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Feng Xiaogang and Chinese cinema after 1989
Zhang, Rui

2005, Doctor of Philosophy, Ohio State University, History of Art.
This dissertation first began as a case study of one of the most popular, prolific, versatile and successful film directors of contemporary China, Feng Xiaogang; it explores Chinese film history since the early 1990s in terms of changes of party film policy, industry reforms, party’s promotion of Main Melody films and emergence and growth of popular cinema. The image of Feng that will emerge in this dissertation is that of a filmmaker working under political and economic pressures in a post-socialist state while still striving to create works with a personal socio-political agenda. In keeping with this reality, this dissertation approaches Feng as a special kind of film auteur whose works must be interpreted with attention to the specific social and political context of contemporary China. Chapter 1 provides a review of scholarship of contemporary Chinese cinema, a brief biographical sketch of Feng, and an introduction to the situation of Chinese cinema on the eve of the Tian’anmen Incident in 1989. Chapter 2 begins with a review of Chinese cinema after 1989 through 1996, shortly before Feng began to make New Year films. This chapter then deals with the formative stage of Feng’s career from 1991, when Feng began to be noticed by the film world as a scriptwriter and a director. Chapter 3 introduces the emergence of Feng’s New Year films against the background of increased control over film ideology in the middle of the 1990s, and a deepening industry reform oriented towards market demand. In addition, the chapter presents detailed analyses of recurring themes in Feng’s New Year films, which reveals the distinctive ambivalence in his attitude towards the predominant film ideology. Chapter 4 explores transformations that took place in Feng’s filmmaking as he gradually abandoned the mode of comedy and returned to his early socially conscious works. The concluding chapter focuses on the important cultural and historical significance of Feng’s cinema, and stresses how the dual trends of resistance and cooperation co-existing in his cinema also gradually became a significant and distinctive feature of Chinese cinema in the new millennium.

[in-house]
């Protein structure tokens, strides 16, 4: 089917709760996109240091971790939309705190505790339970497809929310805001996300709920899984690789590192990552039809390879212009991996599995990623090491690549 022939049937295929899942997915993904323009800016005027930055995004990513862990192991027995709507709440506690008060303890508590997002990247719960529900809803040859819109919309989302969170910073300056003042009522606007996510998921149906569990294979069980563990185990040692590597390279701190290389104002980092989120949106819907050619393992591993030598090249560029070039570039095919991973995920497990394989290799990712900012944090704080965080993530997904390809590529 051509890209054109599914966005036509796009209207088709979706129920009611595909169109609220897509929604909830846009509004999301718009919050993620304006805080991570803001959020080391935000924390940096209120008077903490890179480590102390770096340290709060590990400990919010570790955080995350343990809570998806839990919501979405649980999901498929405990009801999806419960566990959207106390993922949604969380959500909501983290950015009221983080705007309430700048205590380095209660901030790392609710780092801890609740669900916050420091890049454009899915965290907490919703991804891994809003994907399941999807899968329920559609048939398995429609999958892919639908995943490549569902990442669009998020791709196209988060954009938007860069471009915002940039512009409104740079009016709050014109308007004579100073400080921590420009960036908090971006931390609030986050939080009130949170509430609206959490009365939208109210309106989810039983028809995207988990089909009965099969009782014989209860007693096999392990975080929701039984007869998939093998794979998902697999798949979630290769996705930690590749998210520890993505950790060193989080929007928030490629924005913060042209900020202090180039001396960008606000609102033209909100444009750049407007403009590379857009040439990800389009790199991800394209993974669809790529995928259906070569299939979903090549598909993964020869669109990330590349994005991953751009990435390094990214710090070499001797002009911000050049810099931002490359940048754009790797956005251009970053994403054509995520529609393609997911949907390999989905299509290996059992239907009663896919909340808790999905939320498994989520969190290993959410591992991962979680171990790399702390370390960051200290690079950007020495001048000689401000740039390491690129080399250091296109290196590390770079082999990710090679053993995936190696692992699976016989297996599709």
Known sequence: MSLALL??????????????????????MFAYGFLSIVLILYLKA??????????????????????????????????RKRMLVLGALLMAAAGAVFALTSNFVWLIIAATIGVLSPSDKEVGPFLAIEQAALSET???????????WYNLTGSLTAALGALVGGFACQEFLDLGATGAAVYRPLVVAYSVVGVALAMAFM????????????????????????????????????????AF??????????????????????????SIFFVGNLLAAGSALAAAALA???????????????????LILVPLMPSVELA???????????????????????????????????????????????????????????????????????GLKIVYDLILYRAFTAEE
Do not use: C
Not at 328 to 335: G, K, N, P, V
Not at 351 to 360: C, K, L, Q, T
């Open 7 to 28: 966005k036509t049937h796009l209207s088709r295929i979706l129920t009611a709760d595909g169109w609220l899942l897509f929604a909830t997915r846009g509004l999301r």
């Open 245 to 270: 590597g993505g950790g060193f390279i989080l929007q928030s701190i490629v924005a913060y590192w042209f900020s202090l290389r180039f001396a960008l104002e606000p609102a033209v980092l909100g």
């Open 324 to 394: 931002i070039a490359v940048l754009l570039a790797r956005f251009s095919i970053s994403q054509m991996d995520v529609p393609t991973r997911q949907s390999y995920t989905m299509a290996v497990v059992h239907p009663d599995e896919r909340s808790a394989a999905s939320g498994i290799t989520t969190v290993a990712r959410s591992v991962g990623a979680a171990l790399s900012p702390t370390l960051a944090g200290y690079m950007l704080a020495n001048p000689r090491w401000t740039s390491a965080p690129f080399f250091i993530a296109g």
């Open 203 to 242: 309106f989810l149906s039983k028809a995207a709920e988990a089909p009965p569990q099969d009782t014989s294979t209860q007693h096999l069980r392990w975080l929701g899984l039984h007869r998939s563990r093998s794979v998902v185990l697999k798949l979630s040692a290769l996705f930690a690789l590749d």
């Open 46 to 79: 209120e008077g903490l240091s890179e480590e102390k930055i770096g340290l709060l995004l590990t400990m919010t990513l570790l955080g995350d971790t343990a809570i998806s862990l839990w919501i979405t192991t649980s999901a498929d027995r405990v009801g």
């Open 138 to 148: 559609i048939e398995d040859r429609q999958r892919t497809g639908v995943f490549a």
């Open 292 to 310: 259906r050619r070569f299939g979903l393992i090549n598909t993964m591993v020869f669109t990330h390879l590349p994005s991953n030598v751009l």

J. Ronal Green (Advisor)
244 p.

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